A new movement is starting to take hold around the country — to not eat meat on Mondays. One has to wonder who dreamt this up, but it’s real and we need to take it seriously. Most likely started by the animal rights activists, that’s where “Meatless Monday” should have remained. Despite that, its reach has extended to school districts, the medical field and more.
Timing and conditions seem to be right for this movement. Remember, as we all have said before, perception rules and this scenario is no different. A few years ago those of us in the beef business were beneficiaries of the Atkins Diet fad as it helped sustain the cattle markets. Everyone across the nation who wanted to lose weight was reading the highly publicized book on the Atkins Diet and using meat, mostly beef, as a protein source. Those who tried the diet did lose weight and were healthier on two counts — they weighed less and they saw the benefits of eating beef. Perception, backed by facts, was on our side.
Public perception surrounding this latest movement isn’t working in our favor and it surely isn’t backed by facts. People are incorrectly being told that meat is not healthy for them and that it is also bad for the environment and bad for the planet. It’s a message consistent with the views of our current administration and the liberal press.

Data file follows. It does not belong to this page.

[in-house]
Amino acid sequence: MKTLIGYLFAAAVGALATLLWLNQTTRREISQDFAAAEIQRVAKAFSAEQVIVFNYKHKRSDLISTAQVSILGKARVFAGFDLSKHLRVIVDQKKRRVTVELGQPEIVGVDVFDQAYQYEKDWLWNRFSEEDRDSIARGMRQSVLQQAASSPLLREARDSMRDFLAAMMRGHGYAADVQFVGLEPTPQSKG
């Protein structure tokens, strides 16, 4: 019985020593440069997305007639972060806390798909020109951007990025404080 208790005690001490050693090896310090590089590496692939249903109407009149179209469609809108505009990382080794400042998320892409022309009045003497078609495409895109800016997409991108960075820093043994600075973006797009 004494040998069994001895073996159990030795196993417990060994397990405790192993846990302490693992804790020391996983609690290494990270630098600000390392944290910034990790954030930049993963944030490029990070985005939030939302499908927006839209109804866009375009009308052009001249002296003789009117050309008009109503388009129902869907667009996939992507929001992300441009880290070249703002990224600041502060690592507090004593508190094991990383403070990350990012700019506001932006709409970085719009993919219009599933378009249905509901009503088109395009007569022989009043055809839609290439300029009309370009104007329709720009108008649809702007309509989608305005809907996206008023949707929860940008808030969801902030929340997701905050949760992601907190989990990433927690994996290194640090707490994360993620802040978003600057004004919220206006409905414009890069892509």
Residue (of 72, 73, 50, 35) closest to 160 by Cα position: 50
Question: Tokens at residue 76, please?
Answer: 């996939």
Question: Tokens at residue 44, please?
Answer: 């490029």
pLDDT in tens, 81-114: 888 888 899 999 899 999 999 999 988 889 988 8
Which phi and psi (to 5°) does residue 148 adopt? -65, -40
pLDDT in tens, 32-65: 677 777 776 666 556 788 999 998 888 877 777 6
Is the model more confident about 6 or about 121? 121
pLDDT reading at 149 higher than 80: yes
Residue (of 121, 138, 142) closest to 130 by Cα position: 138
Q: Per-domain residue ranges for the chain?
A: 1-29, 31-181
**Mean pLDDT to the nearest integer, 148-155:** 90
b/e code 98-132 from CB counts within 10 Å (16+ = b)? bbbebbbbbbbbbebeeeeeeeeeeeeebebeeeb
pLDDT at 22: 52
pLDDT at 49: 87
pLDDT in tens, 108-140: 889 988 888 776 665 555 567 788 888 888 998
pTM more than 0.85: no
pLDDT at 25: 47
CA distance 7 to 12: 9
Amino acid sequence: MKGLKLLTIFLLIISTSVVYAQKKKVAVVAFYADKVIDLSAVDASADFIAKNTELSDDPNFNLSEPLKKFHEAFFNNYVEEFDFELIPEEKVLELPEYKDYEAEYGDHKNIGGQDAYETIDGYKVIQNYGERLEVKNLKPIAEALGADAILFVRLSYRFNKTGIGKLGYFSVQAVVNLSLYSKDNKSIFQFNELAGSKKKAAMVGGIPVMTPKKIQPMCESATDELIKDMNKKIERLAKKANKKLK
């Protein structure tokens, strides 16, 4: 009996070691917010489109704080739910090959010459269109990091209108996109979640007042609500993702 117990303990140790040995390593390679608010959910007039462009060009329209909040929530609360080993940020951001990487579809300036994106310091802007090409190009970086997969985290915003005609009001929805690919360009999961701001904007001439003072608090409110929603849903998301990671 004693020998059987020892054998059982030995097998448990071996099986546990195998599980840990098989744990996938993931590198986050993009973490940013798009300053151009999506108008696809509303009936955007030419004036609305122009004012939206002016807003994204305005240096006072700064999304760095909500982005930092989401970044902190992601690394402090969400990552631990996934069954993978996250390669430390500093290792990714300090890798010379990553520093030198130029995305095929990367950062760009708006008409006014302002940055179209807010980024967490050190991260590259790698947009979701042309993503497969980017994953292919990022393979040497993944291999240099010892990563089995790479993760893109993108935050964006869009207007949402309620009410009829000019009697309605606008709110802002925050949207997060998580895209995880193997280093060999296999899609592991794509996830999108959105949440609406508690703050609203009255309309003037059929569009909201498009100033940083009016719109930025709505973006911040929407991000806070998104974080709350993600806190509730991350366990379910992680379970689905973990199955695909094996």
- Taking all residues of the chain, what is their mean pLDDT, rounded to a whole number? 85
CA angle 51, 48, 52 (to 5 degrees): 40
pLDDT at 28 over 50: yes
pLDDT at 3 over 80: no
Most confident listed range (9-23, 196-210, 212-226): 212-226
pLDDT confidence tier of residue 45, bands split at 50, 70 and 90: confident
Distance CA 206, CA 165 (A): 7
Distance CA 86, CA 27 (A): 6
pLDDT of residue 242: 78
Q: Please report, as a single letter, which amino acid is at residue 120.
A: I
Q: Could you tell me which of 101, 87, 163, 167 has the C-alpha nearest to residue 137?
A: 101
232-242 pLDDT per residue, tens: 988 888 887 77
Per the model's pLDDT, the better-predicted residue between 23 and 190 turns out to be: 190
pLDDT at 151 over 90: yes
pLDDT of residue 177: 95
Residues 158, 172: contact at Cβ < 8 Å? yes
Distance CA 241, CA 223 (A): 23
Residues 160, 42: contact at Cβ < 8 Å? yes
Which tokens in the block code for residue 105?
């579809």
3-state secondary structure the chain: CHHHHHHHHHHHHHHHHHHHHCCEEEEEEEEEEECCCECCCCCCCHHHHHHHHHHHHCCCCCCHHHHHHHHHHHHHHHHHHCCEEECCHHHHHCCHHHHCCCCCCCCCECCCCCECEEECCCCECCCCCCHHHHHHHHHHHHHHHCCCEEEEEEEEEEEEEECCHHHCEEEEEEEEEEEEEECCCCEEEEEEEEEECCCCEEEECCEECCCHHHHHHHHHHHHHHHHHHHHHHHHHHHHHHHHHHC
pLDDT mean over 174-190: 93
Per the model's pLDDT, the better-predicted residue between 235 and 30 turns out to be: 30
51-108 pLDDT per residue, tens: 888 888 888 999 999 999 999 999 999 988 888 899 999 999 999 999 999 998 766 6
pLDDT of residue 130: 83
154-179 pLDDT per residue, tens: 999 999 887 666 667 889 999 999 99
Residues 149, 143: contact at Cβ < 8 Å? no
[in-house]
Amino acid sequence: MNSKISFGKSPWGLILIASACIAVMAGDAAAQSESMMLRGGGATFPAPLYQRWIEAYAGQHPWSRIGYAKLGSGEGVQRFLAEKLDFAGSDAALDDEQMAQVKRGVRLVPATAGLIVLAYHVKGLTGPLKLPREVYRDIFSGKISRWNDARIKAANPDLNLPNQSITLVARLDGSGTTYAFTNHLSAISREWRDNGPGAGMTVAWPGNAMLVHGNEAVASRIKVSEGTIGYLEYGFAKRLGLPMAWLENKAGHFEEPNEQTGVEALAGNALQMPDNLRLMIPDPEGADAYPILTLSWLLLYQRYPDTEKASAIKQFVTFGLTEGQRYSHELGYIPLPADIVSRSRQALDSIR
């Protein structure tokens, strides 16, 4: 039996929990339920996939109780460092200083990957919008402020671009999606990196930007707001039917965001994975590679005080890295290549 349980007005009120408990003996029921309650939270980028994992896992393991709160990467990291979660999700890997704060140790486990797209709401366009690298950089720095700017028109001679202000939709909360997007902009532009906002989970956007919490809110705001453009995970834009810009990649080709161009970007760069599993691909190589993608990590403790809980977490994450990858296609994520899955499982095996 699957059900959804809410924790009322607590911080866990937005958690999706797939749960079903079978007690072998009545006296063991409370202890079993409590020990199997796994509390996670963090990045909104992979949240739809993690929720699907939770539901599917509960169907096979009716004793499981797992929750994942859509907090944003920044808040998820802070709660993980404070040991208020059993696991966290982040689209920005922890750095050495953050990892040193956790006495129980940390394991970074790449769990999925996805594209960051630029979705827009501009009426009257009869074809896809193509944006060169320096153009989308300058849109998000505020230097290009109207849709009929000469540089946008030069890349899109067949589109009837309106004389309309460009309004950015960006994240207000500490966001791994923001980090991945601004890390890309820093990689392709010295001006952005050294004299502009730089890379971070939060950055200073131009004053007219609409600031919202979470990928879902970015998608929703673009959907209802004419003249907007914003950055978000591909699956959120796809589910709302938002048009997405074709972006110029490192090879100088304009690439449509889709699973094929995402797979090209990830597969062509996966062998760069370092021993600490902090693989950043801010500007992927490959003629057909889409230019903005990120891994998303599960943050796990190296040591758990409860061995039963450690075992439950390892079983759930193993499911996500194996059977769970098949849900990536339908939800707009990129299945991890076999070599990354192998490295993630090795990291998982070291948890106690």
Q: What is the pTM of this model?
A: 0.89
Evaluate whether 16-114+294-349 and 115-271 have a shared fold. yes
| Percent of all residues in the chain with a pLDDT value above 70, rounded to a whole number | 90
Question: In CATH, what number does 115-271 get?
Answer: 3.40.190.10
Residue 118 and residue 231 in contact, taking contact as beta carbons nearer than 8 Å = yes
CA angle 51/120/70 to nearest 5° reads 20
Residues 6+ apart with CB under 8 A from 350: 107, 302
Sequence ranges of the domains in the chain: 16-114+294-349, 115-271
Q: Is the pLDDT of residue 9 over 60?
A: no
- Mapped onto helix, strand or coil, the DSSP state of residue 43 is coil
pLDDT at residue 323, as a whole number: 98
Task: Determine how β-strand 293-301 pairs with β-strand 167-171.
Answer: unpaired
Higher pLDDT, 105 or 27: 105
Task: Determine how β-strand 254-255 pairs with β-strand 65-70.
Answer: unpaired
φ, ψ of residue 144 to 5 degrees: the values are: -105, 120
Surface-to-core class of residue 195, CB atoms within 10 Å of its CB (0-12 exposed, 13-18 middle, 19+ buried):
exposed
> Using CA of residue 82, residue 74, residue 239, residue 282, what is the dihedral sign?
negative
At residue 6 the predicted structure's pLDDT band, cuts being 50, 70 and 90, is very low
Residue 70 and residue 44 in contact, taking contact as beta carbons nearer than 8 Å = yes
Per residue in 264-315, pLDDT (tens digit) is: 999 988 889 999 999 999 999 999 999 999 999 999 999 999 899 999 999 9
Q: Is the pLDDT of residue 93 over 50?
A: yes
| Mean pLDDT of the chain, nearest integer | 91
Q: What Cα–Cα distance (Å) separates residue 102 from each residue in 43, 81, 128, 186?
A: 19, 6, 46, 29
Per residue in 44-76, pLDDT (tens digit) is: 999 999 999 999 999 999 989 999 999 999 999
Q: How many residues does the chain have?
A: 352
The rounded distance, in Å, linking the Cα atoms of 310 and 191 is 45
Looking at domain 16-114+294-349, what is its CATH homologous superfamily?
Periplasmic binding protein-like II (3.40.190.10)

This is not the first time this movement has surfaced, but it previously occurred under quite different circumstances. During World War I the U.S. Food Administration called on American families to reduce their consumption of key staples to aid the war effort. “Meatless Monday” and “Meatless Wednesday” were introduced and Americans were encouraged to do their part and they responded. The Saturday Evening Post reported, “Americans began to look seriously into the question of what and how much they were eating. Lots of people discovered for the first time that they could eat less and feel no worse, frequently for the better.” The American people and the food industry pledged to observe these days and our country and the people were better for it. Then the movement returned during World War II when Presidents Roosevelt and Truman used food rationing to help feed war ravaged Europe. I can agree with both of those efforts.
I can’t however agree with some of the driving factors behind this more recent movement…
“Even one meatless day a week — that would be the equivalent of taking 20 million sedans off the road.” —Michael Pollan on Oprah’s Earth Day Special.
“Meatless Monday puts the defense of the earth’s fragile ecosystems and preservation of natural resources in the hands of ordinary citizens.” — The Gainesville Sun
I almost teared up over that last one. The medical field is also getting involved: “Meatless Monday is a non-profit initiative of The Monday Campaigns, in association with the John Hopkins’ Bloomberg School of Public Health. Our goal is to help reduce meat consumption 15 percent in order to improve personal health and the health of our planet.”
Here at the Roundup we are doing our part and have started our own campaign — Broccoli-less Tuesday.